Background: Injuries are a public health problem affecting traveling populations such as tourists visiting National Parks. This study investigates the distribution of visitor fatalities in US National Park Service (NPS) units and identifies the predeath activities and contributing factors associated with them.
Methods: A retrospective study was conducted of visitor fatalities from all NPS units during 2003 and 2004.
Results: There were 356 reported fatalities during 2003 and 2004. Fatalities were most common during the summer months and on weekends. Males accounted for 75% of the reported fatalities, and visitors aged 20 to 29 and 50 to 59 years accounted for 51% of all deaths. Only 99 of 388 (26%) NPS units reported at least 1 fatality, and only 10 units reported 10 or more fatalities. However, these 10 units were responsible for 36% of all fatalities. Lake Mead National Recreation Area, Blue Ridge Parkway, Grand Canyon National Park, Great Smoky Mountains National Park, and Yosemite National Park reported the highest number of fatalities. Domestic visitors accounted for 73% of the fatalities, and European visitors accounted for 13%. Transportation and water-based activities recorded the highest number of fatalities. Motor vehicle crashes accounted for 20% of fatalities and was followed by suicide (17%), swimming (11%), hiking (10%), plane crashes (9%), climbing (6%), and boating (5%) incidents.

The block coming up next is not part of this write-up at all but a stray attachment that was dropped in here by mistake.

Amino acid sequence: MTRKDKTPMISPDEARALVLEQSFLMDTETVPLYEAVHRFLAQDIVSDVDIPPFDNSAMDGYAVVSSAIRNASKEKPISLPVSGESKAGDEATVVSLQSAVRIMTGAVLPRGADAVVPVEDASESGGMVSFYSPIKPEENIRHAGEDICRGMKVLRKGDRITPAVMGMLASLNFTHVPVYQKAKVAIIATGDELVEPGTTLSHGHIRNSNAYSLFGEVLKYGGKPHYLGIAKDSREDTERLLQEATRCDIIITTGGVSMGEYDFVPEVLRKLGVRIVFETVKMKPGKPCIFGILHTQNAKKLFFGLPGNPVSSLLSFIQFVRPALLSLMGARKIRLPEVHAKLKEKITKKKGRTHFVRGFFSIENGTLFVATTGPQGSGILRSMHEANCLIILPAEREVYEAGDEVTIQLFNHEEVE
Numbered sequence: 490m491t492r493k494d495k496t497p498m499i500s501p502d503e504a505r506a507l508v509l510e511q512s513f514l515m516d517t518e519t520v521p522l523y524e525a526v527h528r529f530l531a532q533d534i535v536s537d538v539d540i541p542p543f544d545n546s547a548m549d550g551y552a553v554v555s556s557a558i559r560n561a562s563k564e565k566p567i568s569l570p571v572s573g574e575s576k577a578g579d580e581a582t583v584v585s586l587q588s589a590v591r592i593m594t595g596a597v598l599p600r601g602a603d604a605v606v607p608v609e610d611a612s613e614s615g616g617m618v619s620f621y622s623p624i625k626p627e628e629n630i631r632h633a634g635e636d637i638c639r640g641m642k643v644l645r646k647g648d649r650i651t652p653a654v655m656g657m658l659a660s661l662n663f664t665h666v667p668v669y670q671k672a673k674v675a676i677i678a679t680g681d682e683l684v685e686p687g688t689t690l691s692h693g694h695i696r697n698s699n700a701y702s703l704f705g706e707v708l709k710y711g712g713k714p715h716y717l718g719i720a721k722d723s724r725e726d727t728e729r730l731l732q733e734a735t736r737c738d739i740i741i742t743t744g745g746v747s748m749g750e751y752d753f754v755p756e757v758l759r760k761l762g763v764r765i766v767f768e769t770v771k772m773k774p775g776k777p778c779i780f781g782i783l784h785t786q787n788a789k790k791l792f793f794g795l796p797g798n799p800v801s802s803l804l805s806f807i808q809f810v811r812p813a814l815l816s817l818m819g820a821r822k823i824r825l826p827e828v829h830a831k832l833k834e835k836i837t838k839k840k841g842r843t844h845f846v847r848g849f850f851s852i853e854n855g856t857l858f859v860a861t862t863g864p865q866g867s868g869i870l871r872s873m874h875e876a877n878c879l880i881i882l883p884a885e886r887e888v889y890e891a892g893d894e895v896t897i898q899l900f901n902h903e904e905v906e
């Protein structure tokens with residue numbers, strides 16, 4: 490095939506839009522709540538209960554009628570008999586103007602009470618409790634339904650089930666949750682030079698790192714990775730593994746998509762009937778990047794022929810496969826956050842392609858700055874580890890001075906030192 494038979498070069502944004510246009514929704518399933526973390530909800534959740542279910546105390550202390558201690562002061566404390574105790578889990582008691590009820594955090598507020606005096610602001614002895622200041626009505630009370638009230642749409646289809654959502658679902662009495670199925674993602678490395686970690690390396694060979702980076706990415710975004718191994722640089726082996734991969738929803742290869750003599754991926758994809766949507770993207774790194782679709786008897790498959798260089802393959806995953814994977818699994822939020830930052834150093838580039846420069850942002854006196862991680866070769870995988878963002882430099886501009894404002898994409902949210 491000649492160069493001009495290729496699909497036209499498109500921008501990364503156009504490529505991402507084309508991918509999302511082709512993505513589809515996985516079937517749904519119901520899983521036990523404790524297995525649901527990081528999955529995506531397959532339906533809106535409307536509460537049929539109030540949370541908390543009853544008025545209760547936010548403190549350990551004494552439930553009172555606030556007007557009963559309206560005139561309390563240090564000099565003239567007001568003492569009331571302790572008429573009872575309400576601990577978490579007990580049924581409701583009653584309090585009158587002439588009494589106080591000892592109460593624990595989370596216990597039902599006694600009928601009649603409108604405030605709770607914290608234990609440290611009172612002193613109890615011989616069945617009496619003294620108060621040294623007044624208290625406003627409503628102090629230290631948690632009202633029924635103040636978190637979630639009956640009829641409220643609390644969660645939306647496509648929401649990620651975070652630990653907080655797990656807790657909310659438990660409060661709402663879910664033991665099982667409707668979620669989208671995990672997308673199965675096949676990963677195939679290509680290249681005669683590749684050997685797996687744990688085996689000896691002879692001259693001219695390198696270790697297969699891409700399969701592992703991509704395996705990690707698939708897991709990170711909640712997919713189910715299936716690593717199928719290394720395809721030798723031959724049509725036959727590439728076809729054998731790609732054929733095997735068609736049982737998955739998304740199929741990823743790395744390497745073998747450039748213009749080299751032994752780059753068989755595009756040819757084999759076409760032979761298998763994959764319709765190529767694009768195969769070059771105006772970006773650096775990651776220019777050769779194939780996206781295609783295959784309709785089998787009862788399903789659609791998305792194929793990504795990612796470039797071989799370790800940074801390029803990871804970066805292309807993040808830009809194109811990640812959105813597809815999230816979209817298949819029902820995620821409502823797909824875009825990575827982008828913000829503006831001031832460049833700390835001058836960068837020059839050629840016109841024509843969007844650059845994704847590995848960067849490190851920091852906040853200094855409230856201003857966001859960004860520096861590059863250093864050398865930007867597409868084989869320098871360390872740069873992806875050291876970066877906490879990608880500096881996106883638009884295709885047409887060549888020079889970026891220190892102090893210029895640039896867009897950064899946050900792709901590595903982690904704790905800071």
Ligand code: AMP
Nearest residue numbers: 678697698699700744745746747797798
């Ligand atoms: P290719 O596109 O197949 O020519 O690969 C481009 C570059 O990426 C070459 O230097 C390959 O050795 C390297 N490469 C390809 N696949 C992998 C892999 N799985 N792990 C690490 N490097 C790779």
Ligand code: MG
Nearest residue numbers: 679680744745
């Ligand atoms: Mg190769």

Conclusions: Fatalities in NPS units are not widespread and are related to more common events such as motor vehicle crashes, suicide, swimming, and hiking rather than exotic causes such as bears or other wildlife. It is recommended that preventive techniques first be developed in the 10 NPS units responsible for 36% of the total NPS-wide fatalities.